"Imagination is the act of celebrating the useless"--James Carroll.
What is useful?
I found myself thinking about that question this weekend. The above quote jumped out at me from a book I was reading in the library of the retreat house where I've squirreled myself away for the freezing cold weekend. What followed was the epiphany that life is totally useless.
If you think about what general relativity says about the center of the universe--you realize that you are it. The center is the frame of reference. You can't have a frame of reference outside your own, no matter how hard you try. Then think about the oddities of quantum mechanics--for instance, I'd mentioned in a previous posting that we blink in and out of existence 186,000 times a day. We don't notice this for two reasons--one is that it's happening non-simultaneously on a particle level. The other reason is that our brains have filters. We can't SEE it happening, just as we can't see many other details. In short--we fill in the gaps with our imagination. Reality is created by us, and everyone's experience of reality is going to be different from their neighbor's.
In academia, there has been an attack on the humanities in recent years. Degrees in philosophy, religion, literature, and languages are seen as "useless". What is deemed useful? Those degrees that prepare you for a vocation. Accounting, business, technology, medicine. The last of these has to do with preserving our physical bodies, something impossible in the very long term. Technology is a here-today-gone-tomorrow career; what you're trained for today is obsolete tomorrow. The first two have to do with money--balancing books, selling either products or services. Money is a grand hallucination; in this day and age, it is no more than numbers going back and forth between computer servers. If it is something physical, it's usually rocks or paper given an arbitrary value. We spend a lot of money on things we don't need--and business convinces us to do so. In the grand scheme of things, these fields don't have any more meaning or important than the liberal arts. No one will care how many widgets you sold in 50 years, never mind 10,000 years.
"Useful" careers are presumably those that allow you to achieve financial stability. You can get a job, buy a house, put money in the bank--for what? Well, to meet needs, but often people want to do more than just meet their needs. They want to have leisure. In short--the goal is to save money so that you can spend your quality time being "useless". Most people aren't into having demanding careers just to work for endless hours year round. Unless that career is so wonderful it's like leisure. And leisure is...well, you know.
What is life without imagination? I would suggest it isn't life at all; it's state of living death. You can't have hope without imagination. You can't make any kind of advances in any area without imagination. We create the world. So why do we disdain the professions that are about imagining? Literature, art, music, and religious ritual are all "useless", and that uselessness is what makes us human, the thing that allows us to connect with each other. They don't have a "purpose" other than to tell a kind of story. And our consciousness is nothing but stories. Your whole life has a narrative, whether you're aware of it or not. Either you created it, or society created it for you.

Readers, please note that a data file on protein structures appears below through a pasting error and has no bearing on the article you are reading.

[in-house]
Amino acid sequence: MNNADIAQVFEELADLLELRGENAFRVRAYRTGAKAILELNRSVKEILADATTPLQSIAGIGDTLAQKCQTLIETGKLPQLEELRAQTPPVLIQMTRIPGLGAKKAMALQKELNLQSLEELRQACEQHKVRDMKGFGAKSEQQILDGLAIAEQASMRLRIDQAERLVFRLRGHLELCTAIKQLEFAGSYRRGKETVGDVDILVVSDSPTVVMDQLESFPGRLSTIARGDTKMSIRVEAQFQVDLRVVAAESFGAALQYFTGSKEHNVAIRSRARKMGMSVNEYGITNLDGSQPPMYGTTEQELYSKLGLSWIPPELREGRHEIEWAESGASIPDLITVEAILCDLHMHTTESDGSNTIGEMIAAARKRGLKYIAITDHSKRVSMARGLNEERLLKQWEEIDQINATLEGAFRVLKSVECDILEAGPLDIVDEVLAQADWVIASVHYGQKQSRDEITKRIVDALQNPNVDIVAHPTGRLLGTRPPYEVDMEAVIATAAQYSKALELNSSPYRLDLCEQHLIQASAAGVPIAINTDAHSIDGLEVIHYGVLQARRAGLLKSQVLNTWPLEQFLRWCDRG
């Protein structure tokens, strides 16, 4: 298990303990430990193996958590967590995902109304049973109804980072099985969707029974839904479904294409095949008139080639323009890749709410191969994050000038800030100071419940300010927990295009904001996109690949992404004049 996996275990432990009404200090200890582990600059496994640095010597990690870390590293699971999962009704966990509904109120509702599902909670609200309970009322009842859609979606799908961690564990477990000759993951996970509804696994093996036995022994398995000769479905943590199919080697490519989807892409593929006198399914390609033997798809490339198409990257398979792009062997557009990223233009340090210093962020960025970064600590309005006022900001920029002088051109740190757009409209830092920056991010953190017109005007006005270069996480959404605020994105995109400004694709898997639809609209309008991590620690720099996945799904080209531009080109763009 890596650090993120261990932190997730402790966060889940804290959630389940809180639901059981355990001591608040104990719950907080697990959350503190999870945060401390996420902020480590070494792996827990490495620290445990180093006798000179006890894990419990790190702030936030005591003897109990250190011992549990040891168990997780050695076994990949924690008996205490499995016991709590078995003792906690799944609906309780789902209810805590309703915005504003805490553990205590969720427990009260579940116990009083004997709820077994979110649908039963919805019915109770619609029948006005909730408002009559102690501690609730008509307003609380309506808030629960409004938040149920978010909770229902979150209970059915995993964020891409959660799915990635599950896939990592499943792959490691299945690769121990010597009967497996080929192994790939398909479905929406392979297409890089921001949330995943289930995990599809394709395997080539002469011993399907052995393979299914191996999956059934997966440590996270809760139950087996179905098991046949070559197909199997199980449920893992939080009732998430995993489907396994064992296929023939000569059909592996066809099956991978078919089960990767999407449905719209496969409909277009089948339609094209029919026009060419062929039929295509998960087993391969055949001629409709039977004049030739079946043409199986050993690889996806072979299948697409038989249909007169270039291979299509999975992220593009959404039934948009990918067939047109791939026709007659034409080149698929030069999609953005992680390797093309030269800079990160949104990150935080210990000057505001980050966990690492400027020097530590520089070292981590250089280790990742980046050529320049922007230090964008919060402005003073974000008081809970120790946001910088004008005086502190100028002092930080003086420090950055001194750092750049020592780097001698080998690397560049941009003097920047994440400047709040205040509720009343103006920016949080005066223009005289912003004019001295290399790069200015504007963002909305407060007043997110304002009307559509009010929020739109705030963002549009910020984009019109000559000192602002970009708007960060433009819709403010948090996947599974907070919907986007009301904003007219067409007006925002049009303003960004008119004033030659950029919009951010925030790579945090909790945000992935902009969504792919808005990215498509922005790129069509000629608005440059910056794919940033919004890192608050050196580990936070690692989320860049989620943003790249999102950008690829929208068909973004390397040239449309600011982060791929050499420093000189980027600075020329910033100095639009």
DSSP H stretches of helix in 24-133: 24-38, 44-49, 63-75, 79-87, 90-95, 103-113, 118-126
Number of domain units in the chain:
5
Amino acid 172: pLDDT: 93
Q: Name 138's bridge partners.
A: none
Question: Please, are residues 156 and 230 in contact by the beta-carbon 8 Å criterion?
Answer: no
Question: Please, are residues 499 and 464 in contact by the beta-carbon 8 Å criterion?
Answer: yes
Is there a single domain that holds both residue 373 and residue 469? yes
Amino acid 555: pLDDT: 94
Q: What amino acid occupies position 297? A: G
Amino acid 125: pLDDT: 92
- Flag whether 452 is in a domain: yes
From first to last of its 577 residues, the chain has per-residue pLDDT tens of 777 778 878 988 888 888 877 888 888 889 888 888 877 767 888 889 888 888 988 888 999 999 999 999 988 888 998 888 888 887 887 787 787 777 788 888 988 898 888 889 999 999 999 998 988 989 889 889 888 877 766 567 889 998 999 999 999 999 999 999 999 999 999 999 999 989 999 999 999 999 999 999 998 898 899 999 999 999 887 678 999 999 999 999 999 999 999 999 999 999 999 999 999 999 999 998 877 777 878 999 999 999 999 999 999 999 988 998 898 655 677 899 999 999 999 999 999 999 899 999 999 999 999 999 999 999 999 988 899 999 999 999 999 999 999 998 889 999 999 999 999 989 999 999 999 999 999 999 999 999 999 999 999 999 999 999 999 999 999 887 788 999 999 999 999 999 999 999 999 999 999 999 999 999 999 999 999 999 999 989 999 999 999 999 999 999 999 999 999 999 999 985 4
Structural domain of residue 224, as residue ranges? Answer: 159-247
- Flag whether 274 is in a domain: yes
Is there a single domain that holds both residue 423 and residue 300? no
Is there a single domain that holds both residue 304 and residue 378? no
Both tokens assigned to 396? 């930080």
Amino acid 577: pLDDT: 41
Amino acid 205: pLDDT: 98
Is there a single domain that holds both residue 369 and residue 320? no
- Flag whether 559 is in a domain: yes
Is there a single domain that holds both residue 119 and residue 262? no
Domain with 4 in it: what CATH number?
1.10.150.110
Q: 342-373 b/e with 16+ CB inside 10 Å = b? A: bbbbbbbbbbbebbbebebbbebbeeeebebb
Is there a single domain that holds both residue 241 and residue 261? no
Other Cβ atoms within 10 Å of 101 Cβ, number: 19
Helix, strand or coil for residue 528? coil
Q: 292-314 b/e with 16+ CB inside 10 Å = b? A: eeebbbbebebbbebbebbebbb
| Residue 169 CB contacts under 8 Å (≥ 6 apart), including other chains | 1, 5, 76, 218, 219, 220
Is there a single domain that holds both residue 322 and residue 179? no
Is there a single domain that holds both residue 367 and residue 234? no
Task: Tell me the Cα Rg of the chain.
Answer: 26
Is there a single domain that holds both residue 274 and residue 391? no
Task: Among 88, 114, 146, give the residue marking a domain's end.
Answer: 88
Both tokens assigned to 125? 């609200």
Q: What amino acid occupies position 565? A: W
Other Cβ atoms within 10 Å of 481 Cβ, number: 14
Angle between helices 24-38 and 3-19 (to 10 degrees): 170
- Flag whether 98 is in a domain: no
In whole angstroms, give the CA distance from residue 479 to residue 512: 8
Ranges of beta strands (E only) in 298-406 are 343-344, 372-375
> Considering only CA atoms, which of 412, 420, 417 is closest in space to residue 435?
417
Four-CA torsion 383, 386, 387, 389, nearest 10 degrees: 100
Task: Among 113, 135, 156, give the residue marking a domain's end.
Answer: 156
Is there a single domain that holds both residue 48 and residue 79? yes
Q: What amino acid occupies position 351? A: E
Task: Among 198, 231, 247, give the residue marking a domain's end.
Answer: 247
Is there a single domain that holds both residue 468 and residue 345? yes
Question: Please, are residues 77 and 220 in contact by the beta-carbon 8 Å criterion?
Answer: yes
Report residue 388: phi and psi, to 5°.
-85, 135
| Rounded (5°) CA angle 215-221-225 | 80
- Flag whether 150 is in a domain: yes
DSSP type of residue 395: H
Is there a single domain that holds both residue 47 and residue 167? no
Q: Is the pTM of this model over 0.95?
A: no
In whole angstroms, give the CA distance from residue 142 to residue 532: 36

Carroll makes the statement that it's not about what you have or what you do, it's the fact that you are. That alone makes you worthy of respect, and that should be the only criterion. Money, position, and productivity do not make you more respect-worthy than those engaged in so-called "useless" endeavors. The wealthy businessmen is not worthy of any more respect than the starving artist. Both should be equally respected.
This is a tough thing to swallow. We want to believe that our lives have a "purpose". We believe that success is connected to hard work. We believe that wealth and status are the fruits of hard work. None of that is true. Think of how many people work hours and hours every day and still don't have enough to make ends meet. Or, even among those who can meet their obligations--how many are in jobs they hate. As Joseph Campbell said, "When you get off the beam just to make money, you have given up your life." And your life is, of course--useless.
Uselessness is a virtue. It means connecting with and helping others for no damn good reason. It means creating worlds that are interesting, even if not entirely logical or "productive". There's no need to drive at anything, towards one temporal goal after another. Everything just is, and there's no reason to feel guilty about that. Everyone just is, and they need no special qualifications to be respected. There's no need to "perfect" anything. To "perfect" is to finish (perficere). To be finished is to die. You just need to connect with others while you're living.
So, if you're a liberal arts major, an artist, a writer--and someone questions the value of your investment in your future--remember that you're investing in the future of being human. That goes a lot farther than most bank accounts.
Oh, and incidentally--I was listening to Jon Stewart's Daily Show with guest Neil deGrasse Tyson today. Tyson finished his interview with this quote: "Imagination is more important than knowledge." That quote was from Einstein.